We ask people if:

Your memory is worse than that of your spouse and friends, who are often the same age; Your spouse, coworkers, and friends have told you something about being forgetful, etc. If none of these people notice a difference between a patient and people of the same age, often their tests show that they only have age-associated memory. disability. That means that the person is on the same slope as all of us. It is when tests show that someone falls below the “normal rate of decline” that we become concerned and investigate further. Changes with age in wisdom (eg, judgment, abstract reasoning, insight) and visuospatial function (finding a house, a restaurant, the hairdresser, the grocery store, etc.) are less common. So, if someone has a change in behavior (lack of judgment, spends irrationally, is the victim of a scam, etc.) or gets lost going to the store, etc., then we think less about getting older and worry more about a change in behavior. brain. For me, it’s a lot like jogging. I practice a lot, but the younger riders still beat me all the time.”

Portrait of a worried mature woman having problems with her finances
istock

Dr. Schulz shares: “Dementia is very, very common. 6 million Americans alone have Alzheimer’s. A few million have other dementias. And we may be diagnosing only a percentage of those with dementia due to problems accessing information.” medical care. Doesn’t respect gender, nationality, intelligence, etc. We have people in the clinic from all walks of life. That includes even fellow doctors. It can show up at any age. It’s more common as we get older.

We say that 1% at age 60 has dementia, doubling every 5 years to 32% at age 85. But we also see patients who are between 40 and 50 years old. Obviously, when we see younger clients, we look more thoroughly for causes of dementia other than neurodegenerative disorders. For example, we want to rule out autoimmune diseases, infections, vitamin deficiencies, thyroid deficiencies, etc.”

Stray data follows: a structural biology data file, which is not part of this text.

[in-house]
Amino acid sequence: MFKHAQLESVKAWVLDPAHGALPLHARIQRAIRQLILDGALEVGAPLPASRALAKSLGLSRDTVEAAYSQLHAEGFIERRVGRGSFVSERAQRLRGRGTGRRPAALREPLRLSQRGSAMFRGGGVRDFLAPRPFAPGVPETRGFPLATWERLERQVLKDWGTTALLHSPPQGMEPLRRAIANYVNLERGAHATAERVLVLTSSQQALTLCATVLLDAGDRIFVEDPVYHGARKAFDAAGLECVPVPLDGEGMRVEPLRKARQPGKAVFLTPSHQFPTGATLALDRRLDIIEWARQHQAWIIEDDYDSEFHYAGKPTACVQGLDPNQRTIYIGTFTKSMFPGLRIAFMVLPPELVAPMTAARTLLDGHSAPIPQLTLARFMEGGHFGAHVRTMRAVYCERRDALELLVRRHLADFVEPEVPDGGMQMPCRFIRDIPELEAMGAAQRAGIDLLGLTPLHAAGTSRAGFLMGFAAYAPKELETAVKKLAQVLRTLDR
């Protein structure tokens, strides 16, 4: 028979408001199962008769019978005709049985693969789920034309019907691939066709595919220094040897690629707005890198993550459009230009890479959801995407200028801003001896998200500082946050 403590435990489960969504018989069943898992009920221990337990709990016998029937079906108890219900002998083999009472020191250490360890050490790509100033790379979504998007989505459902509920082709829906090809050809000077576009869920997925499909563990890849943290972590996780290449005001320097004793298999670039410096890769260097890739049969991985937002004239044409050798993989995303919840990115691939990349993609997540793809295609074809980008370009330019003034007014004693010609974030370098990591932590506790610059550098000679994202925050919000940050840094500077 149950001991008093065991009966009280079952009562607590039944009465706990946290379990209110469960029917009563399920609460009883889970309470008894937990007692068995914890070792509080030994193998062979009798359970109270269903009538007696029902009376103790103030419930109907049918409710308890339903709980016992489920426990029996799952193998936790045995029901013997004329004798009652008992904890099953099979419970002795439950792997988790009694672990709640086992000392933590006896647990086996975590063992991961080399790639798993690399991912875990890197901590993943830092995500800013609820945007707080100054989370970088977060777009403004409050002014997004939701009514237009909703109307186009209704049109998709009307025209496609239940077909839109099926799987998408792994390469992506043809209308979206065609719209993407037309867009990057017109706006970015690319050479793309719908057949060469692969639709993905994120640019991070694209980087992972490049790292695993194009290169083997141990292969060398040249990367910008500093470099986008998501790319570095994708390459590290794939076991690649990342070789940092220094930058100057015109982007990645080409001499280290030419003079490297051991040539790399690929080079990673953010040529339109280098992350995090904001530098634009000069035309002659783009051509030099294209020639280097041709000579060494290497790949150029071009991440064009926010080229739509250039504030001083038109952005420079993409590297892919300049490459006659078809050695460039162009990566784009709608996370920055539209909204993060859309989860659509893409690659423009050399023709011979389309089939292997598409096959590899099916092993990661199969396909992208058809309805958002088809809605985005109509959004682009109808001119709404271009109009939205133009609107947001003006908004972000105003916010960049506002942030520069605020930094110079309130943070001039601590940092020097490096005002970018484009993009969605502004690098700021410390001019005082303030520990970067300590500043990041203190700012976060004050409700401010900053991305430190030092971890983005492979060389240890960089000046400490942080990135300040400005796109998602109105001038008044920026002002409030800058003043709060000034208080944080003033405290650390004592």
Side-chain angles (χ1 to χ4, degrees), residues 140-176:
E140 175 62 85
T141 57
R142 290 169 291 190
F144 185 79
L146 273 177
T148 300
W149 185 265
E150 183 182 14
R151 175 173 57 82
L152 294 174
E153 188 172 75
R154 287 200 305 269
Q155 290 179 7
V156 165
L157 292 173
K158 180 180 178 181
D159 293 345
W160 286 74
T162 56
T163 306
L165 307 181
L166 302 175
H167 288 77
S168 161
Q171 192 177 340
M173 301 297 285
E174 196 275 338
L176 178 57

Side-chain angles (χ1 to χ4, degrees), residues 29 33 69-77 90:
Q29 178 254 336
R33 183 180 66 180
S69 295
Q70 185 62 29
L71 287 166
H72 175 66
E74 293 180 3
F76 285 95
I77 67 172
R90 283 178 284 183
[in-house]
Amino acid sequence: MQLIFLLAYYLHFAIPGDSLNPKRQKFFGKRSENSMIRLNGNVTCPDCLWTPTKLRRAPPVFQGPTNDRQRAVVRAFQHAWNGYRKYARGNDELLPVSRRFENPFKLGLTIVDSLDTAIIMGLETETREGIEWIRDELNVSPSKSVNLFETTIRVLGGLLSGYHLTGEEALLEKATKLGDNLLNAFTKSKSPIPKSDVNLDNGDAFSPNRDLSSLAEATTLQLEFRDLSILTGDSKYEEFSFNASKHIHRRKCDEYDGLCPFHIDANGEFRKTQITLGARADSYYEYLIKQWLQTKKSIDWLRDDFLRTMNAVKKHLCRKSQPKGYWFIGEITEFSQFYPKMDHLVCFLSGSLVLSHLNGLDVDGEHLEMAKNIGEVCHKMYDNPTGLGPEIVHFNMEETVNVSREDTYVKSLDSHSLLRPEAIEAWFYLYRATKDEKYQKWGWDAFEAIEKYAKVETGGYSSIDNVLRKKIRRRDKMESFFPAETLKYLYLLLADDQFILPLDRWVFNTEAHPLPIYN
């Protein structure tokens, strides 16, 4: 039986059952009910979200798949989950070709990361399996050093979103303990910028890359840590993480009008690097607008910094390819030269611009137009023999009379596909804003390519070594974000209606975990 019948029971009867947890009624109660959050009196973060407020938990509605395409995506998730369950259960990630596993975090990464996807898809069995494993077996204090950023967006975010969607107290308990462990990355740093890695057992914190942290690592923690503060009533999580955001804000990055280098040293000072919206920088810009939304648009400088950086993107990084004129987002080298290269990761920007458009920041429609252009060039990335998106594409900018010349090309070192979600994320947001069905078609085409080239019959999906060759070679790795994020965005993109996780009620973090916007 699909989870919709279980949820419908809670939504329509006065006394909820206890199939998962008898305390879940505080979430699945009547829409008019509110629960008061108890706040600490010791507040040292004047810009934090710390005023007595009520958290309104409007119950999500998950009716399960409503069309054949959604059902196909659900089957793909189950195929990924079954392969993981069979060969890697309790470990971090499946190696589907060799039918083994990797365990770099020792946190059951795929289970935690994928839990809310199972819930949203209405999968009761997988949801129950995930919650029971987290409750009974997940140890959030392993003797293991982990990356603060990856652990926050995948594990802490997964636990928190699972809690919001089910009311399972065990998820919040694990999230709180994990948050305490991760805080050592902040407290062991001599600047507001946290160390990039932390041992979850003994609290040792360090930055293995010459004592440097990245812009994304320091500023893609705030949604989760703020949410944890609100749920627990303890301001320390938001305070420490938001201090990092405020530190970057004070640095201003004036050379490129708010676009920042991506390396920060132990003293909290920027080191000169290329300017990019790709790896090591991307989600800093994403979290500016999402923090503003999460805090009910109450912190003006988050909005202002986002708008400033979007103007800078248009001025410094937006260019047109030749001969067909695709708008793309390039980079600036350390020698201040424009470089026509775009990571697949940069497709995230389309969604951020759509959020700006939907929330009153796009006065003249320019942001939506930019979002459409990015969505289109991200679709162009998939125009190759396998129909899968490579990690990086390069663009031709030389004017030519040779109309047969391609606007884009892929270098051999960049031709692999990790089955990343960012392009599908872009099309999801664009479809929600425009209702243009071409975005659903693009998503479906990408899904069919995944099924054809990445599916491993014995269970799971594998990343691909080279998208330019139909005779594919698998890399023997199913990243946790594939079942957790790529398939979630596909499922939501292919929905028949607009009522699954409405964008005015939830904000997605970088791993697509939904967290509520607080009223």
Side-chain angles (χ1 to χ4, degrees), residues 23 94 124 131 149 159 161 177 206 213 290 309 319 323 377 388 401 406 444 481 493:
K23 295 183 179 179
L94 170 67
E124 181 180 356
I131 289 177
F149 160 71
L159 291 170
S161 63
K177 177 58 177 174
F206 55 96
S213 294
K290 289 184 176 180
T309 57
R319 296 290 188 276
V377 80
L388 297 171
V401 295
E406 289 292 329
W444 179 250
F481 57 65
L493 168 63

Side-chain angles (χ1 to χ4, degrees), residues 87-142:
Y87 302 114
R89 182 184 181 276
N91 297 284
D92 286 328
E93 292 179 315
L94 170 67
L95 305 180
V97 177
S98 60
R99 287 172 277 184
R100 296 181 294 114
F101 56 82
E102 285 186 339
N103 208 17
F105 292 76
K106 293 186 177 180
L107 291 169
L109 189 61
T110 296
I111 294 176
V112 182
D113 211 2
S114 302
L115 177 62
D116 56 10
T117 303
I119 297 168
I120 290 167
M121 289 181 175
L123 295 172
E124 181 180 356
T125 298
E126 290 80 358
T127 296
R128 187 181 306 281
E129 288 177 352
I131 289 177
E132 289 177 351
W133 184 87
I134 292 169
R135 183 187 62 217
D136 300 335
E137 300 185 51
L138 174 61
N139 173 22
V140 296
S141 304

Upset frustrated man reading bad news on cell phone
istock

Dr. Schulz emphasizes: “Dementia creeps in insidiously. Over a number of years, it can include episodes of forgetting some things and remembering others. So it often doesn’t reach the level of recognition until it’s very obvious.” Considering that all our treatments work best when started very early, we feel very distressed when we see new patients who have progressed well before seeing us. The patient with early dementia often does not recognize it. They seem to forget that they forget. In fact, when a spouse says a person is forgetful, the more vehemently the patient denies it, the more we suspect it’s real. Lack of recognition, then, is a very common part of a person’s presentation with dementia.